2010 Harley-Davidson Street Glide
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This is one of the large Touring model Harley-Davidsons that appeals to the more sporting individuals that like to ride a full sized Dresser motorcycle.
The Street Glide has a slammed (lowered) rear suspension, dispenses with the Tour Pack and excess chrome and sets its sights on the long lonesome highway while maintaining enough hot rod spunk to blast around the local metro area going to work and running errands. If you would compare the Street Glide to anything, it is probably the closest to a stripped car with no frills but high performance engine, like the original muscle cars. The blacked out aluminum wheels and low profile 18" front wheel are a nice touch.
I'm always on the lookout for a nice motorcycle so I keep checking the sources to see what's available. The Harley Street Glide has been made for a number of years and it is attractive to some of the shorter individuals who want to ride one of the big Hogs.
The seat height is lower by a couple of inches than the normal Electra Glides and Road Kings. That lowering is accomplished by shorter shock travel so that is a minus from a ride and handling standpoint. More and more women are riding their own motorcycles today so the Street Glide and the Softail Deluxe and Heritage models have a lot of popularity from the distaff set.
The cargo capacity is less than the other Electra Glide derived models because the Tour Pack that usually rides above the rear wheel of most of them is not included. The bike has a pair of key lockable hard Fiberglas saddlebags that match the paint job of the rest of the metal work. The locks work with the bike's ignition key so the same key turns it on, locks the steering, and locks the luggage.
The distinctive bat wing fairing with full instrumentation is included and the dual rear view mirrors are integrated into the fairing rather than projecting from the handlebars like on the other Electra Glides. The rear fender is redesigned and includes ground effects and covers the gap between the saddle bags with body color panels. The rear fender has three lines of fender lights and LED license plate illumination as well. The bike has rider footboards for the operator and similar design pegs for the passenger so it is basically set up for solo. If you plan on carrying a passenger much you probably will want to add larger footboards, seat, and backrest for comfort.
Instrumentation includes Harmon Kardon 40-watt, two-speaker Advanced Audio System wCD/MP3 player; electronic speedometer; tachometer; fuel; voltage; oil pressure, and ambient temperature gauges. There is a cigarette lighter outlet to charge your cell phones and other accessories or turn on a nav system if you bring one along.
The Street Glide is powered by the rubber mounted Twin Cam 96 with ESPFI - Electronic Sequential Port Fuel Injection for better performance and fuel economy. The torquey motor is mated up to a 6 speed Cruise Drive transmission with a newly designed helical 5th gear to eliminate transmission noise that was evident to some on earlier models of the Harley 6 speed. The 6 gallon tank provides fuel to the motor which gets EPA estimated 54 mpg Highway. The tank fills through a single cap under the push button actuated lid where the speedometer sits on lesser models. Exhaust is routed to the rear with a two into one header that exits through a single muffler on the right side.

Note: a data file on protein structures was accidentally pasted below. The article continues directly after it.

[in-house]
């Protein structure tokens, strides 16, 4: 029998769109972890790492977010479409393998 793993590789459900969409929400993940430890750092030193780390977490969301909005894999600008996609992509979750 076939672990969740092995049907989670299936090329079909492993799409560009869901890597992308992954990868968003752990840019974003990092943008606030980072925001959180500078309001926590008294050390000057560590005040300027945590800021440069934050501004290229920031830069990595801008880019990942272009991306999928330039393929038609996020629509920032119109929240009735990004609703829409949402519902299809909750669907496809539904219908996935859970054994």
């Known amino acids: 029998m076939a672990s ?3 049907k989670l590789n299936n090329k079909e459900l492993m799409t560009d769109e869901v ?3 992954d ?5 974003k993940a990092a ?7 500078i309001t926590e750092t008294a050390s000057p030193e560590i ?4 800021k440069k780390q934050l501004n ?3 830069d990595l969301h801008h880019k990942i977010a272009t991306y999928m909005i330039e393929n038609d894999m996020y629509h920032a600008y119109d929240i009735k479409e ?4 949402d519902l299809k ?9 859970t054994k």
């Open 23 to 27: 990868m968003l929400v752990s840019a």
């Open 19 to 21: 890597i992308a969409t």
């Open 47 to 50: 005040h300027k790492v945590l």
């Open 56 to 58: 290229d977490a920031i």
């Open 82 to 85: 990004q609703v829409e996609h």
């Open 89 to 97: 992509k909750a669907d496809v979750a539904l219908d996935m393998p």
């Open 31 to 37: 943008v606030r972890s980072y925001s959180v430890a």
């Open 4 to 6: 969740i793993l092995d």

As in all Touring models, the Street Glide has the redesigned frame and suspension that makes the platform more rigid and tractable and the wider rear tire and improved exhaust header that passes the heat to the rear more efficiently than the older ones did. This also gives the passenger less hot pipes to look out for. Brembo disk brakes, dual front and single rear, are included and ABS is available. Cruise control is also available as an option.
The Street Glide fires up with ease by turning on the main switch and the kill button on the right handle grip. The fuel injection makes the motor much more tractable and you can ride off quite soon after it fires up, the ESPFI controlling the engine enrichment for cold running. If you are used to operating a carbureted bike, you will notice the difference in ride ability right off. Operating the bike at low speed in a parking area gives a feeling for the controls and it handles well and the mirrors are looking over my shoulders so I head for the driveway to ease out onto the public roads.
The bike accelerates with nary a stutter due to the excellent fuel injection these newer Harley's have. In city traffic I stay in the gears 4 and below and the bike will run all day because 4th is equivalent to top gear in the bikes a few years back. Fifth gear and 6th gear get the rpms of the motor down close to the wheel rpms so you need to be going above 50 mph to take advantage of the higher gears, otherwise you will be downshifting too much to keep the rpms up for maneuverability if you are in traffic.
The bike accelerates up through the gears and on the Interstate it keeps pace with the traffic and has plenty of passing power. In Atlanta we are allowed to ride in the car pool lanes so that makes it ideal to ride motorcycles across town and going to work is a joy on a bike. All too soon the test ride is over and I reluctantly bring the big Hog back to Granite Mountain. I had little idea I was soon to find my next Harley, but that will be another chapter in my ongoing tale of my love affair with American iron.
See you on the highway!
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Amount Paid (US$): 19,000